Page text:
“Bring out your dead!”Â “But Iâ€™m not dead yet!”
Bet you thought Batman #681 featured the death of Batman, and all the hype USA Today, and other newspapers and magazines spewed out that week capped off the end of a legend. Turns out Batman didnâ€™t die in that fiery helicopter crash, and Grant Morrison is now spending two additional issues tying the appearance of Batman in Batman to the Batman weâ€™ve seen walking freely around in Countdown. Thatâ€™s right true believers – it ainâ€™t done yet!
Last issue readers discovered Batman didnâ€™t die in the helicopter crash. Instead he was being held by Dark Sideâ€™s minions as they tried to extract his essence so as to transfer it to a clone army that would wreck havoc on the world. Huh, for some reason, I thought the Anti-Life Equation was going to take care of all that. But whatever, right?
In order to make the transference a bit easier on good olâ€™ Bruce, false memories were being fed to the Dark Knight, which not only tied in to all the great and groovy tales from the 50â€™s, 60â€™s and early 70â€™s, but makes complete sense with what Morrison is trying to do to wrap his RIP story up in a way that doesnâ€™t take a major dump on DCâ€™s number one property.
A note about RIP. Perhaps most of us believed RIP was a reference to the death of the lead character. By now it is probably apparent the acronym simply means Batman finds peace and can finally rest.
As the last issue wrapped, it was clear that the man who has a plan for everything realizes his predicament (thanks to the death and return of Alfred Pennyworth). Through further flashbacks, we see the moments that make Bruce Batman, and eventually uncover the thing that everyone, include Batman fears most – a totally out of control Batman that will do anything to defeat his enemies.
Through his psychic connection with The Lump, Batman is able to convince his lumpy foe to join his side, and when the agreement is made, the essence of Batman is finally revealed, and it is too much for the clones to take, as they begin ripping their eyes out of their still forming heads. Itâ€™s is a pretty awesome moment, as readers realize that the dark and twisted mind of Grant Morrison Batman is a place no one wants to be.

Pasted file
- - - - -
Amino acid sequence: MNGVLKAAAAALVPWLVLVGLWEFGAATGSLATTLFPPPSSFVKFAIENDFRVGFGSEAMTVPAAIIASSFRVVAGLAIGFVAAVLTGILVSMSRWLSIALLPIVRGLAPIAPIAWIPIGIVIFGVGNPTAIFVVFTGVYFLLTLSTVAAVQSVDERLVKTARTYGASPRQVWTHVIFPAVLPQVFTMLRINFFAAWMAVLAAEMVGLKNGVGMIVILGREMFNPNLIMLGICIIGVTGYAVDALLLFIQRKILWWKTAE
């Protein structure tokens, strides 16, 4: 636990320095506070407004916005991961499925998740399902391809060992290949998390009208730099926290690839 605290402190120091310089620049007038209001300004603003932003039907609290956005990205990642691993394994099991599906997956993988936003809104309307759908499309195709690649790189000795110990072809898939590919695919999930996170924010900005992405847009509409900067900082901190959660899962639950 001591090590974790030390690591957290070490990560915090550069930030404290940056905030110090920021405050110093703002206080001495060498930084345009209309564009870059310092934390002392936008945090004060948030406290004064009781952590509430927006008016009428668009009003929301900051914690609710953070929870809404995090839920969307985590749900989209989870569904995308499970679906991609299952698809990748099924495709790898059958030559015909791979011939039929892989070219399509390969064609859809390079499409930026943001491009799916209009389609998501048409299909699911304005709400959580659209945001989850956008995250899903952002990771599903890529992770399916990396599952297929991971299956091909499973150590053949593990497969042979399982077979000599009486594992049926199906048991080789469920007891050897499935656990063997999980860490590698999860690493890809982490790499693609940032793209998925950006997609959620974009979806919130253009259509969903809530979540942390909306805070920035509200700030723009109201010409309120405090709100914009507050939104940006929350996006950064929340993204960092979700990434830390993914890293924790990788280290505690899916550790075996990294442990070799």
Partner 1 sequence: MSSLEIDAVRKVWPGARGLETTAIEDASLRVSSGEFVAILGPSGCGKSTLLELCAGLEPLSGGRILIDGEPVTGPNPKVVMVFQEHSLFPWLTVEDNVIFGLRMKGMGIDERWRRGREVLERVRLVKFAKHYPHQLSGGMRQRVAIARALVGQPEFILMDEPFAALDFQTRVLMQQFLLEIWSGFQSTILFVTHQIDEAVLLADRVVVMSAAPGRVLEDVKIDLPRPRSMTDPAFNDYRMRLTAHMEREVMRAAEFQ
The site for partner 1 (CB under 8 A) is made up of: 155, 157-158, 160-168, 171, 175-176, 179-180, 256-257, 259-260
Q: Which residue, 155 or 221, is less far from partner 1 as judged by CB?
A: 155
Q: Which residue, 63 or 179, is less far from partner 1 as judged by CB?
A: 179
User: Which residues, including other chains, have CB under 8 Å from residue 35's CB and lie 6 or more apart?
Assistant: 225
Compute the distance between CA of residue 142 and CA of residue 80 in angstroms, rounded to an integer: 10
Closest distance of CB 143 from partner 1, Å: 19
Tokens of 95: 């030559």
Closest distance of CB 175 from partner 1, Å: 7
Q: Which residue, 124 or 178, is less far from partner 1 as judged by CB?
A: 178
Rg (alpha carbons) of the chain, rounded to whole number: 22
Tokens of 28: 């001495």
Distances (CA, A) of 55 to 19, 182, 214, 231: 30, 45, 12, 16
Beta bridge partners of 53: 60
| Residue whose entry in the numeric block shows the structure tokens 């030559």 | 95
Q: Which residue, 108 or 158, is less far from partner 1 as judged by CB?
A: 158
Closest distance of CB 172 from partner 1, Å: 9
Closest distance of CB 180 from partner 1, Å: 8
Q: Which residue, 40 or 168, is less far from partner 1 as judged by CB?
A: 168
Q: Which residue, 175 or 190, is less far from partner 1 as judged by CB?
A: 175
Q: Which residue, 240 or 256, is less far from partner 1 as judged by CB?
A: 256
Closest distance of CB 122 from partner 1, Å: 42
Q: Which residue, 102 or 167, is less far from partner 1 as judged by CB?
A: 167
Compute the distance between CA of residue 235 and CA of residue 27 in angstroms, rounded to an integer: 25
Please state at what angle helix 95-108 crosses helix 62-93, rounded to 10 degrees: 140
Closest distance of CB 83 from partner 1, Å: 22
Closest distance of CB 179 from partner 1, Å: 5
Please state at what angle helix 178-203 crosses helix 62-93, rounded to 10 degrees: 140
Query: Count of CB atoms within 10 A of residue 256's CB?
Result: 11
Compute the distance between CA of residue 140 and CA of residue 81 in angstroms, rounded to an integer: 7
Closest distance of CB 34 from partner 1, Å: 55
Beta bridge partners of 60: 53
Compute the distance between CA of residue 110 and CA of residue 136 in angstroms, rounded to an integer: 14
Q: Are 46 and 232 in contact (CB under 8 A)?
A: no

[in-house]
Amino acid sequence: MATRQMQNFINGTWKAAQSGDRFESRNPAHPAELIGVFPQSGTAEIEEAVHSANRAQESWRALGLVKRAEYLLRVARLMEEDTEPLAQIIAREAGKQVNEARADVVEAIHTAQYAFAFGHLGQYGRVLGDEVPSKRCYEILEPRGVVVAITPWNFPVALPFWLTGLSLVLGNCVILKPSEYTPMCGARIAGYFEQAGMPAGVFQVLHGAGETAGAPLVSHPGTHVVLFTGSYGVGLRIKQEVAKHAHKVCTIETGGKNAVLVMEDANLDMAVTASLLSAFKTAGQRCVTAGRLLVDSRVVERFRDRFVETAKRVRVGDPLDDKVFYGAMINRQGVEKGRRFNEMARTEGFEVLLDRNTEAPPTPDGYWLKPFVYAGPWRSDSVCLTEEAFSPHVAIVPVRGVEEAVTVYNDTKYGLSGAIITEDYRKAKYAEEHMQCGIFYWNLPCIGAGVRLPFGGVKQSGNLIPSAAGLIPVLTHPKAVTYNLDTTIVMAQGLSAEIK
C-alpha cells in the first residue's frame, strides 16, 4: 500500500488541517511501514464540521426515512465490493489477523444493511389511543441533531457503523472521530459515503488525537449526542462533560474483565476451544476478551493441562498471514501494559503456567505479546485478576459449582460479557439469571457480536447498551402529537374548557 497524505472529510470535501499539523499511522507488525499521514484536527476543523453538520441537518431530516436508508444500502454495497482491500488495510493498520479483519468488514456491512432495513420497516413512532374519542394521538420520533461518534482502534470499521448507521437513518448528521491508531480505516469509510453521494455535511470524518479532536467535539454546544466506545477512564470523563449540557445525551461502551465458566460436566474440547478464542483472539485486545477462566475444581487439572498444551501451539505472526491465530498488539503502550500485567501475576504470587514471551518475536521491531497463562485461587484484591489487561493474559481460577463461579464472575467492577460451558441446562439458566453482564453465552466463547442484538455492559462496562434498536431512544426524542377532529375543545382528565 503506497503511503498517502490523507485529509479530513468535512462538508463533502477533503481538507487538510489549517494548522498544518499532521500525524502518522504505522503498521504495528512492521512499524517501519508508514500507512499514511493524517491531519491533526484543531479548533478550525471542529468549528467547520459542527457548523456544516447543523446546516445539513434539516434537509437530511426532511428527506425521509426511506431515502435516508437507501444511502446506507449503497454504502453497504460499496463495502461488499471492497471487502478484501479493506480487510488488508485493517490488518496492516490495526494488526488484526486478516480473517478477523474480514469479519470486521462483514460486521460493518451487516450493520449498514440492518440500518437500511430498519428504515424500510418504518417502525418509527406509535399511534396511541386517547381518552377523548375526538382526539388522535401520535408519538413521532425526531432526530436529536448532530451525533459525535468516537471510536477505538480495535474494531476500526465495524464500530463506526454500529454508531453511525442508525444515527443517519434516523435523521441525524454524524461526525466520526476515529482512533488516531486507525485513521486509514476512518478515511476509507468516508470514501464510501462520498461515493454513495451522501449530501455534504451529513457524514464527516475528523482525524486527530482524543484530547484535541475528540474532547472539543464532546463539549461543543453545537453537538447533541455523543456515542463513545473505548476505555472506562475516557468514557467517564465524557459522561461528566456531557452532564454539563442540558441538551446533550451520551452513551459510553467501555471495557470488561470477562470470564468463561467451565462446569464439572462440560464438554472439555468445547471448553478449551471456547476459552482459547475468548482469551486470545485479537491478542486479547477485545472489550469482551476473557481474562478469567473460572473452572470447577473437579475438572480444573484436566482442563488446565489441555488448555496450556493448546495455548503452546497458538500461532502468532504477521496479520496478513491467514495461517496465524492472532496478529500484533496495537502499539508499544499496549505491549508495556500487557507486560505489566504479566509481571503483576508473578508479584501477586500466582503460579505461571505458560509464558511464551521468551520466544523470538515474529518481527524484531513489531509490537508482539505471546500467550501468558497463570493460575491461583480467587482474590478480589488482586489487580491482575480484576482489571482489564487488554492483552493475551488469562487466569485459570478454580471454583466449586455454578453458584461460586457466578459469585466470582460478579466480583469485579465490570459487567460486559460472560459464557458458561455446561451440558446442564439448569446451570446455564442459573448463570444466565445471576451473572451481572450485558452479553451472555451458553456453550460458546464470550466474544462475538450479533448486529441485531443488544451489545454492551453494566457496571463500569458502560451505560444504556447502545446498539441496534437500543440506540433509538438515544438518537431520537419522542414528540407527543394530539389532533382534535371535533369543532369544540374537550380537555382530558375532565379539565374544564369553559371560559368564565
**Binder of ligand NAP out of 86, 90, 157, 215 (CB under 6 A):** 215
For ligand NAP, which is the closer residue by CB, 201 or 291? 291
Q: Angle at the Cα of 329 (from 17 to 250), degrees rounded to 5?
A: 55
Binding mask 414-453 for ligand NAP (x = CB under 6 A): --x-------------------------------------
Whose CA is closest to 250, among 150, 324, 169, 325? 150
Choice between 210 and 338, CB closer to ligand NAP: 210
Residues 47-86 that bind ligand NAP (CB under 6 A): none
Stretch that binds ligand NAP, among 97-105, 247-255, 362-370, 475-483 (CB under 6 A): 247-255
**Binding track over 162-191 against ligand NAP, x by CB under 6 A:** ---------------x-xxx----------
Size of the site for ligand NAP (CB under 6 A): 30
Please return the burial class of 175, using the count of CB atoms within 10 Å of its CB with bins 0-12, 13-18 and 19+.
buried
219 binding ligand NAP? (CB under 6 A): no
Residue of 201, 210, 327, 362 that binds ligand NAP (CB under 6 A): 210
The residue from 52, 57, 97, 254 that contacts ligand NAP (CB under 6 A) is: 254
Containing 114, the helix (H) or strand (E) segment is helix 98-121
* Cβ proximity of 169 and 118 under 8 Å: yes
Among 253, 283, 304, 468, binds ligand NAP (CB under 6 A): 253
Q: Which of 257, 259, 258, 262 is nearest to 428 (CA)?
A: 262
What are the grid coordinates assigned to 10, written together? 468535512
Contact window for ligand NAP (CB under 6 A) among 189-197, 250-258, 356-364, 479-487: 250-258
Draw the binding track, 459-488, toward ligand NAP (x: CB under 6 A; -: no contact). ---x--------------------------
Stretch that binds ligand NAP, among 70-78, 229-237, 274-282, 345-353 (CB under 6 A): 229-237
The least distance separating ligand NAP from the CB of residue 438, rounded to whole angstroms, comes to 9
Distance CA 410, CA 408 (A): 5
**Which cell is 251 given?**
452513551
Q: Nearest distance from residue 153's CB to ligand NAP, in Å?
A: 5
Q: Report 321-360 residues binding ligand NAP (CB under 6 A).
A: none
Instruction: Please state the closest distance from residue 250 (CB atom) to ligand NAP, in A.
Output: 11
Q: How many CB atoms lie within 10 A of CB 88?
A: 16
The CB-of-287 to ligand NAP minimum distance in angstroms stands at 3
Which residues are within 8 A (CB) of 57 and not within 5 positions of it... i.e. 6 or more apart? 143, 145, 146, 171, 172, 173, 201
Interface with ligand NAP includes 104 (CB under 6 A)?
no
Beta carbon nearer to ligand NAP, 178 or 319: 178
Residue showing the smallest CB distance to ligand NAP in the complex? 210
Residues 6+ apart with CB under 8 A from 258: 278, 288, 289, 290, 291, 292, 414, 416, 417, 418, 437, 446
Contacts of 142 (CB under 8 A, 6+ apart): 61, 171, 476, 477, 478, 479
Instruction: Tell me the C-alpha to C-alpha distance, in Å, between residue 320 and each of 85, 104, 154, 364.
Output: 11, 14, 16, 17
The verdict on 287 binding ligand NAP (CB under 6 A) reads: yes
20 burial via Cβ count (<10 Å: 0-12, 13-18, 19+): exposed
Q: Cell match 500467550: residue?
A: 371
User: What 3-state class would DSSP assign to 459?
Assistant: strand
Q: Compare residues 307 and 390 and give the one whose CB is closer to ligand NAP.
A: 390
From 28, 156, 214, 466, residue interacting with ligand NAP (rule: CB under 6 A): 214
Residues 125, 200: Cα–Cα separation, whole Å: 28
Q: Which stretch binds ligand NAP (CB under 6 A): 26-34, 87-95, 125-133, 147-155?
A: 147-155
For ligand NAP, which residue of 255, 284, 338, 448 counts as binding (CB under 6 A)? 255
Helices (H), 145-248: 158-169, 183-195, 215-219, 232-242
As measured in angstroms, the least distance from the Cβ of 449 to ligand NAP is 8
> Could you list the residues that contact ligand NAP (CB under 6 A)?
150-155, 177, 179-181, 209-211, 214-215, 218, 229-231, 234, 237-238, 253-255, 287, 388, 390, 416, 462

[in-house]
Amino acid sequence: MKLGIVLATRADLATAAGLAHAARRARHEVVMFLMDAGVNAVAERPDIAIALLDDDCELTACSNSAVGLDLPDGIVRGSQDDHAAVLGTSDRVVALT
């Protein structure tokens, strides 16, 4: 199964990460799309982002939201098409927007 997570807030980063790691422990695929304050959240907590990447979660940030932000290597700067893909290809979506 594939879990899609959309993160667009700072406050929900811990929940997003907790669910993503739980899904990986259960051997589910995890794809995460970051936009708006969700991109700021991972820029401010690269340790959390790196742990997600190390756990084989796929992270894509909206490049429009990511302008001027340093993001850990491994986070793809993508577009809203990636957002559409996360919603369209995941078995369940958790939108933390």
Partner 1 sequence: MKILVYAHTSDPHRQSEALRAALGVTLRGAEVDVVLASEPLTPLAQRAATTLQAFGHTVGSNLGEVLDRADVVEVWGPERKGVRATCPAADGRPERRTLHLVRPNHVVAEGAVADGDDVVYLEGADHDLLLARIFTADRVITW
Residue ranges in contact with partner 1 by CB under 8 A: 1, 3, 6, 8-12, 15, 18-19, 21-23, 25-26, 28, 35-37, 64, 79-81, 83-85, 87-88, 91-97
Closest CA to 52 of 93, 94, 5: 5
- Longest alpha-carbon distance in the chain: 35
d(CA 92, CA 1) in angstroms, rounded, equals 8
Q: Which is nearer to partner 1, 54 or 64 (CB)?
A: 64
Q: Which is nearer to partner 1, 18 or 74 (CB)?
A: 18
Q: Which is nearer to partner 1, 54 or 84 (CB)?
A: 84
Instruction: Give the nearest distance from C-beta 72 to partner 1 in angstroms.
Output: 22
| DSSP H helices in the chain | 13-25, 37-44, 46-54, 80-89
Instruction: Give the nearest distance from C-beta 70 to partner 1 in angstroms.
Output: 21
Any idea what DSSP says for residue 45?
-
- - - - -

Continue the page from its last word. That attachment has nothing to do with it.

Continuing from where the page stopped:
Batman escapes, and through a final narrative by Alfred, we discover Batman doesnâ€™t even die in this issue either, but wanders off to a place even his most trusted friend doesnâ€™t know about. Instead, readers are left with the final thought, â€œThere will be no hiding place for evilâ€ quickly followed by â€œFollow the Dark Knight to His Last Adventure in Final Crisis #6.â€ Which really should have been followed by, â€œA-Ha! We figured out how to drag this RIP story out even further to get you saps to part with more money!â€ I know. Iâ€™m a bit hard on that last bit, but it just seems like the denouement we expected three issues ago is now being played out an epilogue that is going on for ever. But isnâ€™t that also the point of Batman? Heâ€™ll go on forever, just like his stories? Perhaps. I think we all need to reflect on this thought a bit longer.
Did I like the continued flashbacks? Yes, they were really well done, and the fact they came fast and furious, as readers capture brief glimpses of the past, reminds one of the moments just before waking from a dream. Iâ€™m interested to find out what this last adventure Batman has in Final Crisis #6, when it (finally) arrives, and what the big moment will be that will finally cause Batman to find peace heâ€™s been looking for.
The issueâ€™s layout and art are really good, and I like what Lee Carbett did with certain pages as years worth of stories are presented in single monumental panels.
Iâ€™m not going so far as to claim this is Morrisonâ€™s most brilliant work in all eternity, and those that donâ€™t believe are doomed to burn in Moron Hell for not repenting at the last minute. No, I wonâ€™t do that. These last two issues have been very good Batman stories, but not great Batman stories. The fact that this issue pushes readers again to buy yet another issue (which is not even a Batman issue mind you), which will more than likely still not explain what happens, forcing readers to buy yet another issue, does bother me though. Iâ€™m hoping when all this is said and done, we get a definite answer. Thatâ€™s all I and others are asking for; clarification, summation, conclusion, so we can move on. I did dig this issue, which is why Iâ€™m giving Batman #683 4 out of 5 Stars.